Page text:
Despite its influence on the creation of the "celebrity chef" as we now know it (Mr. Prudhomme and Mr. Lagasse, call your offices), regardless of the way it has changed the palate of America over the last 30 years by exporting the bounty of its waters, the staff of its kitchens, or the spices it uses to accent its dishes, it is difficult to find a cuisine so distorted from its true nature so close to its point of origin. As one of the nation's true regional cuisines, you might think that amidst all the acolytes of and advocates for the city that lies at the intersection of Cajun and Creole, good Louisiana food would be easy to find, right?
Well, not really. Unfortunately, finding a TRUE New Orleans culinary experience can be a difficult search. Now, I know this is a statement that has the potential to earn me some enemies. And maybe I'm being ethnocentric, maybe I'm being a snob, maybe I'm just homesick. But how many people do you know who lived in NYC who bitch and moan about not being able to find a decent slice of pizza? Or people who grew up in Philadelphia and speak with a mixture of longing and disdain when the subject of Cheesesteak arises? Clam Chowdah and Bostonians, anyone?
Well, one of the establishments that has done a great job of exporting New Orleans flavor to the greater world is Popeye's Fried Chicken (or whatever it is exactly they're calling themselves these days). And it may strike you as odd to see me trumpeting the virtues of a fast food conglomerate here in a blog that is devoted to epicurean delights. And it is a sad state of affairs when a multi-million dollar franchise chain is one of the most reliably New Orleans food experiences outside of New Orleans. I realize this will take some explaining. I can hear y'all asking now: What's so special about Popeye's? When did fried chicken become a staple of New Orleans cuisine? How does a multinational fast food chain qualify as a New Orleans culinary ambassador? What happened to gumbo, red beans and rice and blackened redfish?
|Spork reporting for duty!|
His chicken was a staple of the city's food landscape, humble but omnipresent, and universally loved. It wasn't haute cuisine, it wasn't the apex of New Orleans culinary aspiration, but like Al himself, it never pretended to be. It was just damn good chicken, done in a way no one had ever done it before. I've attended many a church dinner, birthday celebration, hell, even the employee picnic of one of the city's best fine dining restaurants, where boxes of Popeye's were the center of attention. No family Mardi Gras spread was complete without a box, leading my father to famously quote "More chickens die for Mardi Gras in New Orleans than Turkeys do for Thanksgiving." Their TV commercials were of a sort of highly localized advertising that you just don't come across anymore, featuring local cultural luminaries and local accents. Here's one from 1983 featuring Dr. John doing the voice over and jingle in all his yatty glory. How about one featuring Fats Domino, perhaps? Here's a really early one, from '79. For years during my childhood there was a Saturday morning show called "Popeye and Pals," hosted by the local UHF channel (yeah, I'm showing my age here) that featured children eating their own 3 piece combo, watching cartoons of the sort that nobody televises anymore and washing it all down with Big Shot red drank. It is one of my great childhood regrets that I was never a guest on Popeye and Pals. :(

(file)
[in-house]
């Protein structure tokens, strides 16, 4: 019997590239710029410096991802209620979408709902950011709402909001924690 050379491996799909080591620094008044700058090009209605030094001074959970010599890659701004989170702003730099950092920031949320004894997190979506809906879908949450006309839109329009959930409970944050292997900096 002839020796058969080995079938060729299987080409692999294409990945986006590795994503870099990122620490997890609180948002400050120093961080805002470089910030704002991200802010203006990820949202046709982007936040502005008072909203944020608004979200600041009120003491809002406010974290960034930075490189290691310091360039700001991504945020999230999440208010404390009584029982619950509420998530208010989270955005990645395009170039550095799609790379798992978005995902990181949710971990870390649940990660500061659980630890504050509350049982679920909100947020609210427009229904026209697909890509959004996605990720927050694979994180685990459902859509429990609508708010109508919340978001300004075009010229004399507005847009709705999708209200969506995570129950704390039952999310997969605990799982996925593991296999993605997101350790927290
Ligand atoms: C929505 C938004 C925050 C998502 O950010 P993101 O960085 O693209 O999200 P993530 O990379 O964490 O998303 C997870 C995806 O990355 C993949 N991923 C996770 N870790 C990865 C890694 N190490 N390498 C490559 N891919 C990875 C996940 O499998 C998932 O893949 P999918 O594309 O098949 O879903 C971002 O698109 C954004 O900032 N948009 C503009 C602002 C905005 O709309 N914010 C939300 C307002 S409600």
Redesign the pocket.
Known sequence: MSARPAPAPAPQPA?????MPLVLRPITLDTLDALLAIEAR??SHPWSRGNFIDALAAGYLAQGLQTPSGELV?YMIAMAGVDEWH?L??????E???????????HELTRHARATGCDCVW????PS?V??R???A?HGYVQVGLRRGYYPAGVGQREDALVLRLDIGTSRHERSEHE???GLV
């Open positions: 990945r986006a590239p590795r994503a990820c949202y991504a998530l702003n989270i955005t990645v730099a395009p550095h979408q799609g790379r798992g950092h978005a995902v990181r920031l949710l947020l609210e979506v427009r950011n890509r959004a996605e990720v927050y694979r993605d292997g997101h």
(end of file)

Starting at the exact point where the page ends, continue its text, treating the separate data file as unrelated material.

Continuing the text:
When we moved to Charlotte, NC in 2005, it was to our great displeasure that we learned that there are no Popeye's here. The local fried chicken chain here is Bojangles, and they have a passable product. When I get the craving for fast-food fried chicken, it'll "git 'r done" as they famously like to say in these parts. But it ain't no Popeye's, lemme tell you that. As if to illustrate my previous point about the misinterpretation of Louisiana food outside its borders, they have a side dish on their menu called "Cajun Pintos." What is Cajun about pinto beans?
Thus, for years we lived without Popeye's Fried Chicken. There was one in the Atlanta airport, so if we had the layover time, we always grabbed some for lunch. When we would go home on visits, there was one right up the street from my Mother-In-Law's house, and was always the first stop on the way to her place from the airport.
But I have good news. We discovered that one has opened in the food court of Concord Mills, a supermall on the northern outskirts of Charlotte. We have also for a couple of years heard of one somewhere, mythically almost, up the road on I-85 between Charlotte and Greensboro. I can now confirm its existence; it is in a gas station right on the other side of the Interstate from the Red Oak brewery. Today, after driving up to Greensboro to see the Cone Sisters exhibit at the Nasher Museum of Art on the Duke University campus, we saw the sign from the highway. While we enjoyed the wonderful exhibit of Matisse, Van Gogh, Picasso and others, we were truly pleased to finally discover this rumored-of Popeye's tucked in, right off of the Interstate. It inspired us to stop at Concord Mills on the way home and have an early dinner of fried chicken. One 8 piece box, a side of dirty rice, and two Cokes, coming right up! (Sadly, there was no Red Drank available).
I'm so happy to have one of the small comforts of home here in my adopted city, even if I do have to fight my way through a food court full of overly made up, fashion obsessed teens to buy it. And while I may be eating a small handfull of antiacids tonight, I can say that it is definitely worth it; I'll just think of it as the warm glow of home.